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Full \Full\, v. t. [imp. & p. p. Fulled; p. pr. & vb. n. Fulling.] [OE. fullen, OF. fuler, fouler, F. fouler, LL. fullare, fr. L. fullo fuller, cloth fuller, cf. Gr. ? shining, white, AS. fullian to whiten as a fuller, to baptize, fullere a fuller. Cf. Defile to foul, Foil to frustrate, Fuller. n. ] To thicken by moistening, heating, and pressing, as cloth; to mill; to make compact; to scour, cleanse, and thicken in a mill.


Fulling \Full"ing\, n. The process of cleansing, shrinking, and thickening cloth by moisture, heat, and pressure.

Fulling mill, a mill for fulling cloth as by means of pesties or stampers, which alternately fall into and rise from troughs where the cloth is placed with hot water and fuller's earth, or other cleansing materials.

Douglas Harper's Etymology Dictionary

early 15c. (in fulling mill), verbal noun from full (v.).


Etymology 1 n. baptism. Etymology 2

vb. (present participle of full English) To make cloth denser and firmer.


Fulling, also known as tucking or walking, is a step in woollen clothmaking which involves the cleansing of cloth (particularly wool) to eliminate oils, dirt, and other impurities, and making it thicker. The worker who does the job is a fuller, tucker, or walker, all of which have become common surnames. The Welsh word for a fulling mill is pandy, which appears in many place-names, for example Tonypandy (fulling-mill ley).

Usage examples of "fulling".

The greatest source of power available at the time - water power - was aggressively developed, and employed to do ever more kinds of work: not only grinding grain but fulling cloth, blacksmithing, beer mashing, woodworking, mixing mortar and cement, papermaking, rope making, oil pressing, preparing dyes for cloth, and powering bellows to heat blast furnaces for steel.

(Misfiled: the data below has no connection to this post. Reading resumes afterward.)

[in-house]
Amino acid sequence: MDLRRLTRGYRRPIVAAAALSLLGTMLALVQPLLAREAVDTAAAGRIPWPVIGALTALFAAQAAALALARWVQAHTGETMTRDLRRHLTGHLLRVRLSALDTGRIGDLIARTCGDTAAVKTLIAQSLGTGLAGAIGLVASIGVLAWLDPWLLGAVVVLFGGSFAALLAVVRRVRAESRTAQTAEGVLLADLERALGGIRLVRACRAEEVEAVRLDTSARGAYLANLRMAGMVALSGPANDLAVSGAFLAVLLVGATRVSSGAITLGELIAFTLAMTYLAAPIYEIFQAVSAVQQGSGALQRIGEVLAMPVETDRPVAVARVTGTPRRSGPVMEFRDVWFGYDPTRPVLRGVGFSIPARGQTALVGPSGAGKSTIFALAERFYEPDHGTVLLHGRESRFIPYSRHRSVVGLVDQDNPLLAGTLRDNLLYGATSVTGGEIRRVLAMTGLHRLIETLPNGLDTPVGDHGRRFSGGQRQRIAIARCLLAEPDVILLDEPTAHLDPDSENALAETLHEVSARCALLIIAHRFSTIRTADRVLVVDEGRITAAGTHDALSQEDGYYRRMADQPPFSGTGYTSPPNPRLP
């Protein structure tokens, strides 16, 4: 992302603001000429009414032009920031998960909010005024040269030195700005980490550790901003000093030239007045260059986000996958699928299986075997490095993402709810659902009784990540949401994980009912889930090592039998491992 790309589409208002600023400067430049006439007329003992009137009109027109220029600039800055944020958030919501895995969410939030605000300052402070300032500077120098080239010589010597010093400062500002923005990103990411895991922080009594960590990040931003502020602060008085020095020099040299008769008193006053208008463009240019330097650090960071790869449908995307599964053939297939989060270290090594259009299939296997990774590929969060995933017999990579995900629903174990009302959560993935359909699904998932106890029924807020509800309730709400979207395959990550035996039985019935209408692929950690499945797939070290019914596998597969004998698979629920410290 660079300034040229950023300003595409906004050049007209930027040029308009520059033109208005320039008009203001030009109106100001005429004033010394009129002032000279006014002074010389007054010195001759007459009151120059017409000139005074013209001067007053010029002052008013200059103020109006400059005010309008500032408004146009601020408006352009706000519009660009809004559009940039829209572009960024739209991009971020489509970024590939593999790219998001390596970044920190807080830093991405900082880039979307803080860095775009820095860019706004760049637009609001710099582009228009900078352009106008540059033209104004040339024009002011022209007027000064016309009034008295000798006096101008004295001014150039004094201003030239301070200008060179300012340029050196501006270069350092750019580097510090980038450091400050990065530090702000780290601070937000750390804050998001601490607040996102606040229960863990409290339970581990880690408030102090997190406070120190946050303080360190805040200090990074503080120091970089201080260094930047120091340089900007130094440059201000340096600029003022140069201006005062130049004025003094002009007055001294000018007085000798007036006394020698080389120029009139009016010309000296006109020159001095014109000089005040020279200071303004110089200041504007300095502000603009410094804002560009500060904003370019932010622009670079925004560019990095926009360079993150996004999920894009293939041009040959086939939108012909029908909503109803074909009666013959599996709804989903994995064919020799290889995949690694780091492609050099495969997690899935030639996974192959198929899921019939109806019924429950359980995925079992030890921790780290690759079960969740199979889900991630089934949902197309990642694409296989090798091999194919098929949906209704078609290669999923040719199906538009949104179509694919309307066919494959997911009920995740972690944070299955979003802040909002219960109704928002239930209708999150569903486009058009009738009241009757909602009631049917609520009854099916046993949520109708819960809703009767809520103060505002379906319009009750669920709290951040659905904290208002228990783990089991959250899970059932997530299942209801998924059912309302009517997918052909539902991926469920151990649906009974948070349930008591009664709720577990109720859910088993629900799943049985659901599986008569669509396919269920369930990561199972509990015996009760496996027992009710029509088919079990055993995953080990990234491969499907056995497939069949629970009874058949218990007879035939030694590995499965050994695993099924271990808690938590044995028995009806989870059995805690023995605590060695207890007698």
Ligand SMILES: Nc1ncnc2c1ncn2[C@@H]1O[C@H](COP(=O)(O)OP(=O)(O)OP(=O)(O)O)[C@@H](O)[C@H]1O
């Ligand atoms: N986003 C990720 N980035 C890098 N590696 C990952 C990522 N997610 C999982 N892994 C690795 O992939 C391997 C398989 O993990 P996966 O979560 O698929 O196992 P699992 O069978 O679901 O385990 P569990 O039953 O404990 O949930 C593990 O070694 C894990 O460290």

More expensive fabric would be lighter and finer, could involve a patterned weave instead of a straight basket weave, and would have been softened by fulling.

Although the exact dates are unknown, the Middle Ages saw the invention of the spinning wheel, the European horizontal loom (other horizontal looms already being in use elsewhere in the world), and the fulling mill, which beat, shrank, and softened wool cloth mechanically.

A week before it had been a thriving settlement with its own fulling mill, pottery and dairy, but the Franks had been there and now the villa was a smoking ruin, splashed by blood, its walls tumbled and its spring poisoned with the corpses of women and children.

This done, they broke their fast on the remains of the spoils of war plundered from the sumpter mule, and drank of the brook that flowed from the fulling mills, without casting a look in that direction, in such loathing did they hold them for the alarm they had caused them.

Am I, perchance, being, as I am, a gentleman, bound to know and distinguish sounds and tell whether they come from fulling mills or not.

Another stack represented industry: iron foundries, fulling mills, jewelry shops, armories, glassblowers.

On the far side of the marketplace were the mills, all kinds, grinding, sawing, and many fulling mills, for here the River Witham took a right angle in the middle of town.

Hearing this, Sancho with tears in his eyes entreated him to give up an enterprise compared with which the one of the windmills, and the awful one of the fulling mills, and, in fact, all the feats he had attempted in the whole course of his life, were cakes and fancy bread.